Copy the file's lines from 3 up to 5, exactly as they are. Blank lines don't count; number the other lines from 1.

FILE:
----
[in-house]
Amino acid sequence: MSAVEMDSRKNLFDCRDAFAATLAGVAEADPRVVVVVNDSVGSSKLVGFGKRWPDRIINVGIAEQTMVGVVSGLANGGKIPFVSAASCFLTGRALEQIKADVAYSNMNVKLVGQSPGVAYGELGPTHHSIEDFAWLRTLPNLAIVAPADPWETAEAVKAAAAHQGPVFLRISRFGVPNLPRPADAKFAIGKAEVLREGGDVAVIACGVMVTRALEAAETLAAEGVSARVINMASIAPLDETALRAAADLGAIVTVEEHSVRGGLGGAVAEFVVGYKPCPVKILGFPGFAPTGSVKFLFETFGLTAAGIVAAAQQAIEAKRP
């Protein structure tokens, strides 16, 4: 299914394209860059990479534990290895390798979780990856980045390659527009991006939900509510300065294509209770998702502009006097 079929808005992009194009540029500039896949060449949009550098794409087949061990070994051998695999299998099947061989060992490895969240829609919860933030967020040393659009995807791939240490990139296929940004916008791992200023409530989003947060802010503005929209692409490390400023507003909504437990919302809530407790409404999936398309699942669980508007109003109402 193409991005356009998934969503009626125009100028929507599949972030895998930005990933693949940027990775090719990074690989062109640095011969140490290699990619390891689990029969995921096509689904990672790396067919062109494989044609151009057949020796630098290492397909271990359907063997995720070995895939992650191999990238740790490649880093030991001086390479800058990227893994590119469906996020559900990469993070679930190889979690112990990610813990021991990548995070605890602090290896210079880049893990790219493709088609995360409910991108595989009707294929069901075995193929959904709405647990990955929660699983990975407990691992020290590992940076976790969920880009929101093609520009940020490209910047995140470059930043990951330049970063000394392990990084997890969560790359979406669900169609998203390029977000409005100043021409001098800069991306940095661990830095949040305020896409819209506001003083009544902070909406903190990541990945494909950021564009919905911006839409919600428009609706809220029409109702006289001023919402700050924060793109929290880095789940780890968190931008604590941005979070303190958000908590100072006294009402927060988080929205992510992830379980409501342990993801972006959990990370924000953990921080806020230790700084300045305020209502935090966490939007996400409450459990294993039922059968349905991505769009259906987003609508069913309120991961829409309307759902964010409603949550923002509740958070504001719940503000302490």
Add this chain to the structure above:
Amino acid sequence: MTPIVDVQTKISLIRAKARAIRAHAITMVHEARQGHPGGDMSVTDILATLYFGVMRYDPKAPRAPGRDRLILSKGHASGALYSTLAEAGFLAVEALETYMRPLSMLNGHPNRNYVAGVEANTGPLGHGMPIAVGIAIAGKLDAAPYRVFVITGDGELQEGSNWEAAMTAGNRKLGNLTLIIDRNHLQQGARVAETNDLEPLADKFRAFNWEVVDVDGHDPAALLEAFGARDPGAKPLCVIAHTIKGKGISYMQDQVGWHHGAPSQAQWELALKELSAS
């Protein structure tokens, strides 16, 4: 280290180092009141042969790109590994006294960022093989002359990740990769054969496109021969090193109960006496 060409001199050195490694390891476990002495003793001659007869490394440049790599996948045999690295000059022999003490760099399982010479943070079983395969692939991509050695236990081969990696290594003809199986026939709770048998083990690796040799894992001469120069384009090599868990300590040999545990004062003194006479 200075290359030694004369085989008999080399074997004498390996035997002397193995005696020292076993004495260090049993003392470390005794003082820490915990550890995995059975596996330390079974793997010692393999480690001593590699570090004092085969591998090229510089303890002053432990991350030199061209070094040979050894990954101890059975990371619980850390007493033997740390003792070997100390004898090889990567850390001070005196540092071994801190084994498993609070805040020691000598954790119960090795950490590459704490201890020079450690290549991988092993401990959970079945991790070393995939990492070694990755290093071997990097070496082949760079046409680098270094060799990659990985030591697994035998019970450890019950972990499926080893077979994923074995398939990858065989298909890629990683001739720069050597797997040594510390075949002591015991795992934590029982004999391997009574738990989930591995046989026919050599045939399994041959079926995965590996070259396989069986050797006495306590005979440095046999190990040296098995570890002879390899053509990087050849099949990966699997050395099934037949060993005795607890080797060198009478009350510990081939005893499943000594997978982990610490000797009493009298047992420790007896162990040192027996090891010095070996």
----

């Protein structure tokens, strides 16, 4: 299914394209860059990479534990290895390798979780990856980045390659527009991006939900509510300065294509209770998702502009006097 079929808005992009194009540029500039896949060449949009550098794409087949061990070994051998695999299998099947061989060992490895969240829609919860933030967020040393659009995807791939240490990139296929940004916008791992200023409530989003947060802010503005929209692409490390400023507003909504437990919302809530407790409404999936398309699942669980508007109003109402 193409991005356009998934969503009626125009100028929507599949972030895998930005990933693949940027990775090719990074690989062109640095011969140490290699990619390891689990029969995921096509689904990672790396067919062109494989044609151009057949020796630098290492397909271990359907063997995720070995895939992650191999990238740790490649880093030991001086390479800058990227893994590119469906996020559900990469993070679930190889979690112990990610813990021991990548995070605890602090290896210079880049893990790219493709088609995360409910991108595989009707294929069901075995193929959904709405647990990955929660699983990975407990691992020290590992940076976790969920880009929101093609520009940020490209910047995140470059930043990951330049970063000394392990990084997890969560790359979406669900169609998203390029977000409005100043021409001098800069991306940095661990830095949040305020896409819209506001003083009544902070909406903190990541990945494909950021564009919905911006839409919600428009609706809220029409109702006289001023919402700050924060793109929290880095789940780890968190931008604590941005979070303190958000908590100072006294009402927060988080929205992510992830379980409501342990993801972006959990990370924000953990921080806020230790700084300045305020209502935090966490939007996400409450459990294993039922059968349905991505769009259906987003609508069913309120991961829409309307759902964010409603949550923002509740958070504001719940503000302490």
Add this chain to the structure above:
Amino acid sequence: MTPIVDVQTKISLIRAKARAIRAHAITMVHEARQGHPGGDMSVTDILATLYFGVMRYDPKAPRAPGRDRLILSKGHASGALYSTLAEAGFLAVEALETYMRPLSMLNGHPNRNYVAGVEANTGPLGHGMPIAVGIAIAGKLDAAPYRVFVITGDGELQEGSNWEAAMTAGNRKLGNLTLIIDRNHLQQGARVAETNDLEPLADKFRAFNWEVVDVDGHDPAALLEAFGARDPGAKPLCVIAHTIKGKGISYMQDQVGWHHGAPSQAQWELALKELSAS